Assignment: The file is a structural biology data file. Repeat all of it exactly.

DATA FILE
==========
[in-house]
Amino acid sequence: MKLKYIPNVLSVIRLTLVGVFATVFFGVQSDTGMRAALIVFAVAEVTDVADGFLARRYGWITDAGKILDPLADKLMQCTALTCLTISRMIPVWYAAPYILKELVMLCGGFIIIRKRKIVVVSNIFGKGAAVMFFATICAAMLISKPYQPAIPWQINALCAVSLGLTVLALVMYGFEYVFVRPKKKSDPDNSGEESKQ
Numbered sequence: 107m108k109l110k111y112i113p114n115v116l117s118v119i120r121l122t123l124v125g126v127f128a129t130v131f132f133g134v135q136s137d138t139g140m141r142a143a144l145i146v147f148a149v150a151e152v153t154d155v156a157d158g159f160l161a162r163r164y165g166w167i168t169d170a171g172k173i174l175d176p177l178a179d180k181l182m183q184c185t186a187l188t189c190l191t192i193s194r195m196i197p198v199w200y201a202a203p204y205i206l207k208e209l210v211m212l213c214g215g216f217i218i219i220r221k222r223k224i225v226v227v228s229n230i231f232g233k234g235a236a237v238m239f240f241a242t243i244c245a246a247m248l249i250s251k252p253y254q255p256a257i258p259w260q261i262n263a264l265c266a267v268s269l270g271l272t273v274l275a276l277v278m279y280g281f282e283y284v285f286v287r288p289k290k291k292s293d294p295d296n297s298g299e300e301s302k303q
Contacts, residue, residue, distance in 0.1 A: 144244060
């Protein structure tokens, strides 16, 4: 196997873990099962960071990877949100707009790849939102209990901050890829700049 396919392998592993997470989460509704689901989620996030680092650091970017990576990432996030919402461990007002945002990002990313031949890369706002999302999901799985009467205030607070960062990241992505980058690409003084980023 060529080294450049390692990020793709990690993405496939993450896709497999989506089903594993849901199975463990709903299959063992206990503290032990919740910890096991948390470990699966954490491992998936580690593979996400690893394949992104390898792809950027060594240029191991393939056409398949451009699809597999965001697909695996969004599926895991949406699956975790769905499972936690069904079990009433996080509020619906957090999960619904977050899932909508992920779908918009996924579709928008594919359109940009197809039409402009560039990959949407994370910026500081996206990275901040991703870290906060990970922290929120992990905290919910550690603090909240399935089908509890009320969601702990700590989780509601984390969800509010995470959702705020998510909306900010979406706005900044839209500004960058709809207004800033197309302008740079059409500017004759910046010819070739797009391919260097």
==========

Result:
[in-house]
Amino acid sequence: MKLKYIPNVLSVIRLTLVGVFATVFFGVQSDTGMRAALIVFAVAEVTDVADGFLARRYGWITDAGKILDPLADKLMQCTALTCLTISRMIPVWYAAPYILKELVMLCGGFIIIRKRKIVVVSNIFGKGAAVMFFATICAAMLISKPYQPAIPWQINALCAVSLGLTVLALVMYGFEYVFVRPKKKSDPDNSGEESKQ
Numbered sequence: 107m108k109l110k111y112i113p114n115v116l117s118v119i120r121l122t123l124v125g126v127f128a129t130v131f132f133g134v135q136s137d138t139g140m141r142a143a144l145i146v147f148a149v150a151e152v153t154d155v156a157d158g159f160l161a162r163r164y165g166w167i168t169d170a171g172k173i174l175d176p177l178a179d180k181l182m183q184c185t186a187l188t189c190l191t192i193s194r195m196i197p198v199w200y201a202a203p204y205i206l207k208e209l210v211m212l213c214g215g216f217i218i219i220r221k222r223k224i225v226v227v228s229n230i231f232g233k234g235a236a237v238m239f240f241a242t243i244c245a246a247m248l249i250s251k252p253y254q255p256a257i258p259w260q261i262n263a264l265c266a267v268s269l270g271l272t273v274l275a276l277v278m279y280g281f282e283y284v285f286v287r288p289k290k291k292s293d294p295d296n297s298g299e300e301s302k303q
Contacts, residue, residue, distance in 0.1 A: 144244060
């Protein structure tokens, strides 16, 4: 196997873990099962960071990877949100707009790849939102209990901050890829700049 396919392998592993997470989460509704689901989620996030680092650091970017990576990432996030919402461990007002945002990002990313031949890369706002999302999901799985009467205030607070960062990241992505980058690409003084980023 060529080294450049390692990020793709990690993405496939993450896709497999989506089903594993849901199975463990709903299959063992206990503290032990919740910890096991948390470990699966954490491992998936580690593979996400690893394949992104390898792809950027060594240029191991393939056409398949451009699809597999965001697909695996969004599926895991949406699956975790769905499972936690069904079990009433996080509020619906957090999960619904977050899932909508992920779908918009996924579709928008594919359109940009197809039409402009560039990959949407994370910026500081996206990275901040991703870290906060990970922290929120992990905290919910550690603090909240399935089908509890009320969601702990700590989780509601984390969800509010995470959702705020998510909306900010979406706005900044839209500004960058709809207004800033197309302008740079059409500017004759910046010819070739797009391919260097």